• poses in the Winner's room at the Virgin TV BAFTA Television Awards at The Royal Festival Hall on May 14, 2017 in London, England. (Getty Images Europe)Source: Getty Images Europe
“Why should people have to go through this painful ritual to go home to their parents and tell them they’re having sex?”
Michaela Morgan

10 Jul 2017 - 12:59 PM  UPDATED 10 Jul 2017 - 12:59 PM

Comedian and broadcaster Sue Perkins has opened up on BBC Radio 4’s Desert Island Discs about how she first came to realise she was attracted to women.

The former Great British Bake Off host explained that her first long-term relationship was with a boy in high-school.

“When I was 16, I met this boy and I completely fell in love with him and we were together for six and a half years and we really loved each other,” she says.

“And then I suppose I was at college and he was away, he was working, and he said: “I’m not very well, I’m just going through some stuff.

“And the stuff that he was going through was the stuff that I was going through, and we were both gay.”

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Perkins was studying at college when she first realised that she was gay—and was completely floored by the discovery.

“I came to my evolution quite late,” she explains.

“I was doing a theatre education show and I remember saying to my friend, ‘I’m just not eating, I don’t know what’s happening. Then my friend said, ‘You’re in love’.

“I just thought, ‘I just want to throw up’. And I was [in love].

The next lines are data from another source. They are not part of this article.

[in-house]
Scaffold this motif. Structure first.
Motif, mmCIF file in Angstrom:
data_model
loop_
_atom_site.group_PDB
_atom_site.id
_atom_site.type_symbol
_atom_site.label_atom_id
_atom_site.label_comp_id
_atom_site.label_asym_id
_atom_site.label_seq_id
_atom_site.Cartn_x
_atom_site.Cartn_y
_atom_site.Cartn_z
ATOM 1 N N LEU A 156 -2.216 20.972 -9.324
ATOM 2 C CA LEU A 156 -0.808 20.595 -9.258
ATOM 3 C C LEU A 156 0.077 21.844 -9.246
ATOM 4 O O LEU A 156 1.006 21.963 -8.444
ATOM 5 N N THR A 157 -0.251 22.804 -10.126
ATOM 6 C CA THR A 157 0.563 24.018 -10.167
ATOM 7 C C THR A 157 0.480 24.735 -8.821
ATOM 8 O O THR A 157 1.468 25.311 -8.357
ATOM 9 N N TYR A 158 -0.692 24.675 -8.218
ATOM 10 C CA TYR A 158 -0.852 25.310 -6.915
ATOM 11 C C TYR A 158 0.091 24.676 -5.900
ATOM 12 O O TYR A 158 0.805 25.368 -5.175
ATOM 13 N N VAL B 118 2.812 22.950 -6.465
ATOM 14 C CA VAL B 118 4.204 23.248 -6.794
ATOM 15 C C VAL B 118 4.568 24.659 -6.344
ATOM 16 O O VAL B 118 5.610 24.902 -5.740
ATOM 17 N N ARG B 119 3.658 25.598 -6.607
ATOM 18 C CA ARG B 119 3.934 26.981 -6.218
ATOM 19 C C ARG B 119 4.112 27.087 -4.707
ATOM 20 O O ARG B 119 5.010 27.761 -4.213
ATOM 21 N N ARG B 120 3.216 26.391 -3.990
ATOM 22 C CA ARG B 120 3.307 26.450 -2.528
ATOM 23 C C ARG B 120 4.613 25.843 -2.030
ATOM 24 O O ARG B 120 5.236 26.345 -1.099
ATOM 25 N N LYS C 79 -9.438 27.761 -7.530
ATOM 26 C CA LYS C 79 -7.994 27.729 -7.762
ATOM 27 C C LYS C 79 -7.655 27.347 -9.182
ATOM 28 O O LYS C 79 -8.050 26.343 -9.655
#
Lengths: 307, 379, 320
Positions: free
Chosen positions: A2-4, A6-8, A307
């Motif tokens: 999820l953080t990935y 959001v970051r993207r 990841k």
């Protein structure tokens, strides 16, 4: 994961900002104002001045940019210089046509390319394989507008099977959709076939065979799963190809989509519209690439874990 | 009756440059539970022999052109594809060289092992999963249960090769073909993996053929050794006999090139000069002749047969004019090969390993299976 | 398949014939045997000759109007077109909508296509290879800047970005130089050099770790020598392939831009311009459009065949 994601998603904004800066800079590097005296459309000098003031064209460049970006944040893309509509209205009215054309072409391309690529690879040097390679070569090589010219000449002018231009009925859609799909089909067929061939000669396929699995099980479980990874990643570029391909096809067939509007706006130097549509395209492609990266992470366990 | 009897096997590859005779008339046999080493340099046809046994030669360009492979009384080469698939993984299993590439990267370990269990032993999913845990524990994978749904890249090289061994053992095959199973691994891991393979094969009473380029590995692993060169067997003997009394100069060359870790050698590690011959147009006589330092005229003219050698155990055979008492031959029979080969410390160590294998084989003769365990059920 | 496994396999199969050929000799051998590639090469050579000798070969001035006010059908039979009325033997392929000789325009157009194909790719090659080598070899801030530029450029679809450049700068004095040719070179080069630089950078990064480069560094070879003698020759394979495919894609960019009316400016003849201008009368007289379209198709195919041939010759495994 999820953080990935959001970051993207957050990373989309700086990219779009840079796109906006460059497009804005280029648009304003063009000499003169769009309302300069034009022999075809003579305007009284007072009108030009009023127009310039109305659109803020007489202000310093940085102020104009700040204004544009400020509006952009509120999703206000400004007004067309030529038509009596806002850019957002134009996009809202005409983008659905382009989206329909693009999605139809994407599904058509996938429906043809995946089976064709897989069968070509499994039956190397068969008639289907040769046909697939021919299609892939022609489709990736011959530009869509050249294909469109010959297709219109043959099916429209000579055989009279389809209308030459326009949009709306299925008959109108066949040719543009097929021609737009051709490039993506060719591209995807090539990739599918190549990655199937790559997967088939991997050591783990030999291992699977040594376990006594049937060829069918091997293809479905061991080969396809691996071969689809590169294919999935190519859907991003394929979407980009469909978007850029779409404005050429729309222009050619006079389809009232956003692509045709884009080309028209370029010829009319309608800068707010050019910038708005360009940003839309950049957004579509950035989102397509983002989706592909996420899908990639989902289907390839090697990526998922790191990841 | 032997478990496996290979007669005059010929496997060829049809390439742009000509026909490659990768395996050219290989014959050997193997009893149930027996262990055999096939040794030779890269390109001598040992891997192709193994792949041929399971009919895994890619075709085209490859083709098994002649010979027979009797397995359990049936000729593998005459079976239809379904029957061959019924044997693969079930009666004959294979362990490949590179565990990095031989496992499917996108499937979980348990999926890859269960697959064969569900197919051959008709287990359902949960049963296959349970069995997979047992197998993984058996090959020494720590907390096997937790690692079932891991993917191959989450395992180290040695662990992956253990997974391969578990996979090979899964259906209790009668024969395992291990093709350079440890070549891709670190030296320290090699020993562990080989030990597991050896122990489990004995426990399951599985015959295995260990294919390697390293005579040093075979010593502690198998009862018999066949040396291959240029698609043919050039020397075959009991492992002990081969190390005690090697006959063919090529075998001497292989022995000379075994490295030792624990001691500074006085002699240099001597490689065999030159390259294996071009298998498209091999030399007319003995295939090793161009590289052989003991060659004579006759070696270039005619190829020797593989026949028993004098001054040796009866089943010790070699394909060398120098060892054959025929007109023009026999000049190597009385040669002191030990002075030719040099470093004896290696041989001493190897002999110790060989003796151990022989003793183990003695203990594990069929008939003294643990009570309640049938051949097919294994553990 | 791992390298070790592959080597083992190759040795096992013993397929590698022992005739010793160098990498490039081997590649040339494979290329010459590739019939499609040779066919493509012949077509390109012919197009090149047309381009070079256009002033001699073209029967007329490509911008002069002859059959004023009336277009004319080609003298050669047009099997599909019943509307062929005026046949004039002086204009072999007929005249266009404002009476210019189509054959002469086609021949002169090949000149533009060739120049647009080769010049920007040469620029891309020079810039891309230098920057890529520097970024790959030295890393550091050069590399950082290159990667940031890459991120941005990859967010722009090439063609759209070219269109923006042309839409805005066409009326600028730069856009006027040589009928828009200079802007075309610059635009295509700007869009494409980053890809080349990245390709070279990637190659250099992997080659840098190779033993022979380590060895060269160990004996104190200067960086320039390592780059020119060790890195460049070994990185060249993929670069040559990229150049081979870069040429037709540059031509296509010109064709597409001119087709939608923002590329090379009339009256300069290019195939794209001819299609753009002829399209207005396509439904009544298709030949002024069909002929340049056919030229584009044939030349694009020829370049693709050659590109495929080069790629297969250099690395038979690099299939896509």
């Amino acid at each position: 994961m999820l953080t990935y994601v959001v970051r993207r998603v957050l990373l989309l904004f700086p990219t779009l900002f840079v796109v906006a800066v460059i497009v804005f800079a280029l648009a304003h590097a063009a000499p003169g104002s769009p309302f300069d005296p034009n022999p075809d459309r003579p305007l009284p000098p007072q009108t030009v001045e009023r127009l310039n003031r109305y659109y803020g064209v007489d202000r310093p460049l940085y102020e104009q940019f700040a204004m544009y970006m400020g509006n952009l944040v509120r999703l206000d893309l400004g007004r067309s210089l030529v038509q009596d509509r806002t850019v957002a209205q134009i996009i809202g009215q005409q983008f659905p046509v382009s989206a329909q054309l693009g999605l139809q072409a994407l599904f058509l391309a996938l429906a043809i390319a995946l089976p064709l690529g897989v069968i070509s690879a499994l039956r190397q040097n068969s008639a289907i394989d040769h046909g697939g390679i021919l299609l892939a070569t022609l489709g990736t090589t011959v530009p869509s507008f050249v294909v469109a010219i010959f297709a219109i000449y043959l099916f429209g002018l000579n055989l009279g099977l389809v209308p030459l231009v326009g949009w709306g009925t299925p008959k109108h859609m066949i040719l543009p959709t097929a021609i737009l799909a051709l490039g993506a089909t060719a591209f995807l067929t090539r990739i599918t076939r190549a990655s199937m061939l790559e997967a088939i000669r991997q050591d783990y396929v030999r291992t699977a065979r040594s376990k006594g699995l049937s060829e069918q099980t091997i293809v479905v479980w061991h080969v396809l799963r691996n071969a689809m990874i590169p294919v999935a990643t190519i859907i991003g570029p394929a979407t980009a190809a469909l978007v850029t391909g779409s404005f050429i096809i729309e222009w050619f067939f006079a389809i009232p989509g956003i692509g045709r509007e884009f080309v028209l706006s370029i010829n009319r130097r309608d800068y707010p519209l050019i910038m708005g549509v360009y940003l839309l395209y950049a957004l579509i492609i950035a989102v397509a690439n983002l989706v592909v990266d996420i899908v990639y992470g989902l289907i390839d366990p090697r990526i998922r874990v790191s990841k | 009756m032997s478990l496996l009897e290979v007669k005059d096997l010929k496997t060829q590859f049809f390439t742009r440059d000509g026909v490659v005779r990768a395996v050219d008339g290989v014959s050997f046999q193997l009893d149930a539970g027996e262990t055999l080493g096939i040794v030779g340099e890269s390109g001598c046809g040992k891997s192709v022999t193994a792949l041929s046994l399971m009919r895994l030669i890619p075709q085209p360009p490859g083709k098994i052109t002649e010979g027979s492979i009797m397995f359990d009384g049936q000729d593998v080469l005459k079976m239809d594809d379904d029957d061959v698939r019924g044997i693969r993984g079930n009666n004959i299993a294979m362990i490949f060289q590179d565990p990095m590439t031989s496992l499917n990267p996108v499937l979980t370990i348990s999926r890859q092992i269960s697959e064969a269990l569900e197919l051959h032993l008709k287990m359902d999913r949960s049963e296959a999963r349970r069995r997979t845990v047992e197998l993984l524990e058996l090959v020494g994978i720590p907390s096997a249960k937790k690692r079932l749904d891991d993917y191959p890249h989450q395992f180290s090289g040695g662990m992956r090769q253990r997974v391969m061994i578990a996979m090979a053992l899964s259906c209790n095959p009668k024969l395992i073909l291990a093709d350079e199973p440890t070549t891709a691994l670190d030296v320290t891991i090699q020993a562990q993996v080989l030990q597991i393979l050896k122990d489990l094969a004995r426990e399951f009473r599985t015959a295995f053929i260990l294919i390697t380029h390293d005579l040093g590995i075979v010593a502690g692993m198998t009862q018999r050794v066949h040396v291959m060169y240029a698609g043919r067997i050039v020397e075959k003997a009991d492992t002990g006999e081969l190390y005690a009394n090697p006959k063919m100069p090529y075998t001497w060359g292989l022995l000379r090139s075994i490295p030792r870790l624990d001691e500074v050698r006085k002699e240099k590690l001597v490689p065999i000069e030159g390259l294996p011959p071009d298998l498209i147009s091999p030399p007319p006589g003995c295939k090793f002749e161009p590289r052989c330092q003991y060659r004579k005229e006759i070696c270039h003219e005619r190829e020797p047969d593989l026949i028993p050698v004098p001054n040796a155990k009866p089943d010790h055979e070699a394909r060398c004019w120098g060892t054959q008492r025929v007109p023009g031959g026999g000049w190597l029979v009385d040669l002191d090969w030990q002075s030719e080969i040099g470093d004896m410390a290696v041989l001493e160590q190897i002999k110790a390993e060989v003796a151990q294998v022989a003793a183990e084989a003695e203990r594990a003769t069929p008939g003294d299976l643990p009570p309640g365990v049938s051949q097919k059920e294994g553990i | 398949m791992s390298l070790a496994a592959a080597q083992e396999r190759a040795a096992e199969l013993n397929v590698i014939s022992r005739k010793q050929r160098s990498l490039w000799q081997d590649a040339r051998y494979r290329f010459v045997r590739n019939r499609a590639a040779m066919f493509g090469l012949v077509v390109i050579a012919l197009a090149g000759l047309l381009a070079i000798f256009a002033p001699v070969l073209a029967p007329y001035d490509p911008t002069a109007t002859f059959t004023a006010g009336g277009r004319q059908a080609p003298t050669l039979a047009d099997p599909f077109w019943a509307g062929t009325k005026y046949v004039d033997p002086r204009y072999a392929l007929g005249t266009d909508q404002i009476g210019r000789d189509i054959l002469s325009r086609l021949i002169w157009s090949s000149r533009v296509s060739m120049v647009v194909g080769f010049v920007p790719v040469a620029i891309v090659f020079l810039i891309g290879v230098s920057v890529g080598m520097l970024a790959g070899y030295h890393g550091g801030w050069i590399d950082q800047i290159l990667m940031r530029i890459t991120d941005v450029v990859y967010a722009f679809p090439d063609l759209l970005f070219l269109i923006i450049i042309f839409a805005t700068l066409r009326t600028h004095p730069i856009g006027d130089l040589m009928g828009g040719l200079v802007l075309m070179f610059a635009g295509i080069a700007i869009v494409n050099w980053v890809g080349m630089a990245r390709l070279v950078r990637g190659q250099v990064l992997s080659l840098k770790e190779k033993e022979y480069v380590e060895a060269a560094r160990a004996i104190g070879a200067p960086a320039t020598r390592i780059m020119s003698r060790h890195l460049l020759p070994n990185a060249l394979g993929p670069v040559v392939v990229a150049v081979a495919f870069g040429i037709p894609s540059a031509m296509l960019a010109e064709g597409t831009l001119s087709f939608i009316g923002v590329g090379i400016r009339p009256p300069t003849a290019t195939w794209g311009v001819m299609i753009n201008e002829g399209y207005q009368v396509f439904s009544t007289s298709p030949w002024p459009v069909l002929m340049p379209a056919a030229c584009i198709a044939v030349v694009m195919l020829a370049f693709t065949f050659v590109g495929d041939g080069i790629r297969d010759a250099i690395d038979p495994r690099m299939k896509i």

“It was so far from my frame of reference that when it was presented to me as a truth, I had that violent reaction. And then it all made sense.“

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How Perkins came out to her parents

The TV presenter told the story of how she came out to her parents when she was 29—with her mother stealing her thunder during a phone conversation.

Perkins nervously called home to ask if she could come to tea to talk about “stuff” and her mother—who was casually eating toast—replied, “Is this because you’re gay?”

She added that she feels that sexuality is a spectrum and she’s always been “slightly dumbfounded and made furious by the fact that I was forced to make a binary choice because it’s always about the person.”

“Why should people have to go through this painful ritual to go home to their parents and tell them they’re having sex?”

Perkins—who is in a relationship with TV presenter Anna Richardson—says she’s heartened by the enormous strides the LGBT+ community has taken since she came out.

“I laugh and get hugely cheered by the fact my goddaughter is 14 and some of her friends identify as pansexual,” she said. “It’s just like, ‘Good for you’.”

As part of her interview on the iconic music program, Perkins chose tracks by Sylvester, Kate Bush and T.Rex. 

You can listen to the full interview here